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      Lisa 2 years ago

      We just had kittens dumped at our gate along a gravel road. They were covered in fly eggs. We had to bathe them to get the millions of eggs off. One kitten was to weak and passed away. Yesterday we noticed the dreaded bump and botfly. Now, I have the money to take it to the vet, but have a dog there right now being spayed. If I can find a home remedy for the bot, I will save a trip to the vet and save the money for emergencies on other strays, abandoned etc. We have a farm and you cannot possibly run to a vet everytime there is a parasite, although we love our vet. I give credit to the people that try to help even when they do not have the funds. Advice is cheap.

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      Bailey's mom 3 years ago

      Pets, like kids, rely on their parents to feed them, love them and when they are ill, take them to receive medical care. Obviously, you love your kitty very much, and thankfully, you were able to remedy her problem. You and she were lucky for this. However, in the majority of instances, in the best interest of a pet and the prospective pet parent, people should probably examine their projected resources prior to obtaining a cat or dog to determine if they will be able to care for the animal properly in the event of illness. Even routine and unavoidable vet care like annual health check ups, neutering, shots and flea preventatives are becoming obscenely expensive, in my opinion. So too, as my family learned, there is no such thing as a free pet. We called our free kitty, "the million dollar cat," because she had so many expensive medical issues. If we wouldn't have been able to provide for her, she would have ended up in an over-crowded shelter along with the hundreds and thousands of other pets who are sadly given up each year. Fortunately, for both you and me and our beloved pets, things worked out. Sorry, I didn't mean to get carried away and off-topic with this. I just find it distressing and frustrating that vet bills are getting so high that a lot of retired people, young people and families with kids are being deprived of all the joys and benefits of owing a pet.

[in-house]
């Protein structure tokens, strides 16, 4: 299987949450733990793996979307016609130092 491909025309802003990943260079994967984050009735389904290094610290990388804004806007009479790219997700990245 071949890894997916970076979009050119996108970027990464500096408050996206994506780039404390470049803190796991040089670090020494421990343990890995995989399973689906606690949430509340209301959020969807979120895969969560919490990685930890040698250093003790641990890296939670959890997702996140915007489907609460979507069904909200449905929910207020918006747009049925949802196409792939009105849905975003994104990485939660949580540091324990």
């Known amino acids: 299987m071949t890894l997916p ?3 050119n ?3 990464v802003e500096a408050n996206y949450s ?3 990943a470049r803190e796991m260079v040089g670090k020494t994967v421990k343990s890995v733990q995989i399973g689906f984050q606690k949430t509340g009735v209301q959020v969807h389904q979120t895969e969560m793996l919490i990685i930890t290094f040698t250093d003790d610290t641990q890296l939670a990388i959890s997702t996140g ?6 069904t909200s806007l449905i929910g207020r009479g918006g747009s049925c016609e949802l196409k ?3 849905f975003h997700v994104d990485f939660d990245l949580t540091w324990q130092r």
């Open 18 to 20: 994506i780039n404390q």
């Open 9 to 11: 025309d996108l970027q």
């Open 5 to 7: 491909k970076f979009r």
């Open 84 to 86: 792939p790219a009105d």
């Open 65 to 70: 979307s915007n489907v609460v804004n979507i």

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      Terri 3 years ago

      Just pour kerosine in the whole. That's all we did to our cats and turned them loose. We never pulled the worm out. I assume the worm came put on its own. Either way the cat was always fine in a week the worm was gone and the hole healed. This is an old remedy I learned from my granny and passing it on to my grandchildren and children. So much cheaper than a vet bill and you beloved pet will be just fine.

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      randy jones 3 years ago

      Nice place

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      chris 3 years ago

      I just pulled squeezed and peroxided three worms out of a rabbit I did it very slowly by pushing the worm up with the skin so it would pop up and kept pouring peroxide and squeezing. on the last one I had to cut the hole a little bigger so the worm could fit out

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      meagan 3 years ago

      I have a cat that has a whole on her neck and it looks like some kind if worm in side the hole I have no money to take her to the vet, iv tried putting peroxide on it but it seems not to be working. if anyone knows a way for me to make it come out please let me know.

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      anonymous 3 years ago

      Peroxide poured on the hole will cause the worm to come out.

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      LyttleTwoTwo 6 years ago from Canada

      Wow, welcome to hubpages, I had no idea about those worms, but I do love those 'I survived' shows ... thanks!